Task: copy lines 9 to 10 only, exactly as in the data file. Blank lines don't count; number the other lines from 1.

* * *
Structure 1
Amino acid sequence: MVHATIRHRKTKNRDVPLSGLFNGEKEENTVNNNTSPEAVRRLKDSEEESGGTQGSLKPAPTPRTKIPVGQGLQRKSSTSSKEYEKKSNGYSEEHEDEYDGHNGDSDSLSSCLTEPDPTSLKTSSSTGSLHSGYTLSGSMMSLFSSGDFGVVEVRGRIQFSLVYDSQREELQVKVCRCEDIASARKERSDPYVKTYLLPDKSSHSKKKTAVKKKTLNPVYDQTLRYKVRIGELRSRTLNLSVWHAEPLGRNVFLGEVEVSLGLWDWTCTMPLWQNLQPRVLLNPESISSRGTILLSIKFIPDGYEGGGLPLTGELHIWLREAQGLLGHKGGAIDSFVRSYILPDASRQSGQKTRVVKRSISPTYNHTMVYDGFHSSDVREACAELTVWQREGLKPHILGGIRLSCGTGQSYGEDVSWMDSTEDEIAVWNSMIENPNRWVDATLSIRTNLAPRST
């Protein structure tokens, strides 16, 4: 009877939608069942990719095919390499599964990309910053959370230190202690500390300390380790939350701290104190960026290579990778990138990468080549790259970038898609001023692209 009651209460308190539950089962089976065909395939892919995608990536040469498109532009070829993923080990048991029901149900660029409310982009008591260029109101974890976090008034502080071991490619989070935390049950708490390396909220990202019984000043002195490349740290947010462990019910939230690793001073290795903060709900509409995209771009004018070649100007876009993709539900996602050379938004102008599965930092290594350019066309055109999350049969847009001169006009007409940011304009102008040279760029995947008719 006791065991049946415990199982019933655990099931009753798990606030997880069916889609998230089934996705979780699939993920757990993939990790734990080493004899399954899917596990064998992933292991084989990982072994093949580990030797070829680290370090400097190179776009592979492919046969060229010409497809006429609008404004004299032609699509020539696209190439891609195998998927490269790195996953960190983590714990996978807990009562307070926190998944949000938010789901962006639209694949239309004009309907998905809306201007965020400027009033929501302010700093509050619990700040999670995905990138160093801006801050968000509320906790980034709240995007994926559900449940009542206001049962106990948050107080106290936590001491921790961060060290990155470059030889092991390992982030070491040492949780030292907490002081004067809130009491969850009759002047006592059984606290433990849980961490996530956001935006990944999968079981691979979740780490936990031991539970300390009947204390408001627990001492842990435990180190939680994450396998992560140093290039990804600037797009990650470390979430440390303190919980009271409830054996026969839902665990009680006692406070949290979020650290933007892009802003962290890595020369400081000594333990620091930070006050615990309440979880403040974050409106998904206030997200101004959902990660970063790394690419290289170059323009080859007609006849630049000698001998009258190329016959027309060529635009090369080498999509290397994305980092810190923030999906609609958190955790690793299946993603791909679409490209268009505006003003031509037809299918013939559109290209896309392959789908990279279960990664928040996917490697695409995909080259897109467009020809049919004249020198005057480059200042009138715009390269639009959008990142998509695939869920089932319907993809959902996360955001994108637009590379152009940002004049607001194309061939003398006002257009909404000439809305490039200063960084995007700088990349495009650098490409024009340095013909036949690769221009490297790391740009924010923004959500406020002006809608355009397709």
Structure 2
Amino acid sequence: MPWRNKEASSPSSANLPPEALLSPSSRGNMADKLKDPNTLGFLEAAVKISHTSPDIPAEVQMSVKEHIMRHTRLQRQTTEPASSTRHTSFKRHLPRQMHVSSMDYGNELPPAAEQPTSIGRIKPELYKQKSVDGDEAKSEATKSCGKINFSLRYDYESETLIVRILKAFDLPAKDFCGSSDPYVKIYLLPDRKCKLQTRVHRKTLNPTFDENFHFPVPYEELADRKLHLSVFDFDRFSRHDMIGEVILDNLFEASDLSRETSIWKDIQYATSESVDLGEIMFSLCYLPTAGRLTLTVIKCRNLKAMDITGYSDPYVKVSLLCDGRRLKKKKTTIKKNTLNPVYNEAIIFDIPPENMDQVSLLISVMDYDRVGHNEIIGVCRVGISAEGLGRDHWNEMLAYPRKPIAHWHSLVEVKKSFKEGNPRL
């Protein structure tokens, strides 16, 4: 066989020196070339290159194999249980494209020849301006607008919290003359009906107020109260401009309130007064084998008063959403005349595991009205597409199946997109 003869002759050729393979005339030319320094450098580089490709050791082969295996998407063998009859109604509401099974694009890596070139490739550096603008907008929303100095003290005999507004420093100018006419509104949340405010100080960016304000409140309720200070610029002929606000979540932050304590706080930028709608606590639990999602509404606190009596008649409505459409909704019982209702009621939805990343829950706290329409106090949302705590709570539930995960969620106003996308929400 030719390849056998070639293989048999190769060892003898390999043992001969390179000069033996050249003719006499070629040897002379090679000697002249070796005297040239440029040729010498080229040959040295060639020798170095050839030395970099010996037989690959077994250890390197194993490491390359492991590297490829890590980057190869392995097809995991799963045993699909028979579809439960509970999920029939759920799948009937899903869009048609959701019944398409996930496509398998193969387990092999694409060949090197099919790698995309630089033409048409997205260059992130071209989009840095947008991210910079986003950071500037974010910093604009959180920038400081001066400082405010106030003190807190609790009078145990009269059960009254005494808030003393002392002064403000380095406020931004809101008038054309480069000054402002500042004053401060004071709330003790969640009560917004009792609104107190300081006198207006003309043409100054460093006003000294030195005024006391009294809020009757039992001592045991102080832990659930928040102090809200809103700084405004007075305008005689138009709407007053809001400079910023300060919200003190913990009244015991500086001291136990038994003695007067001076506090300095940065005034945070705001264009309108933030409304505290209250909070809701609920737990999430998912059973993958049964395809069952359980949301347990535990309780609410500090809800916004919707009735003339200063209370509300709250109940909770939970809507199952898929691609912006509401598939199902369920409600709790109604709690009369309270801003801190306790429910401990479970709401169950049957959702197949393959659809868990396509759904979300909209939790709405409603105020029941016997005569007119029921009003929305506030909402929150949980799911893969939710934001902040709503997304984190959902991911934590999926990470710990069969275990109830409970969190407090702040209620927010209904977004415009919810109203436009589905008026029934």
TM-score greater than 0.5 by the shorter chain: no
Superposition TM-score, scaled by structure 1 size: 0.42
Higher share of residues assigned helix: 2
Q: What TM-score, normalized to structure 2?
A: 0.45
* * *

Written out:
Higher share of residues assigned helix: 2
Q: What TM-score, normalized to structure 2?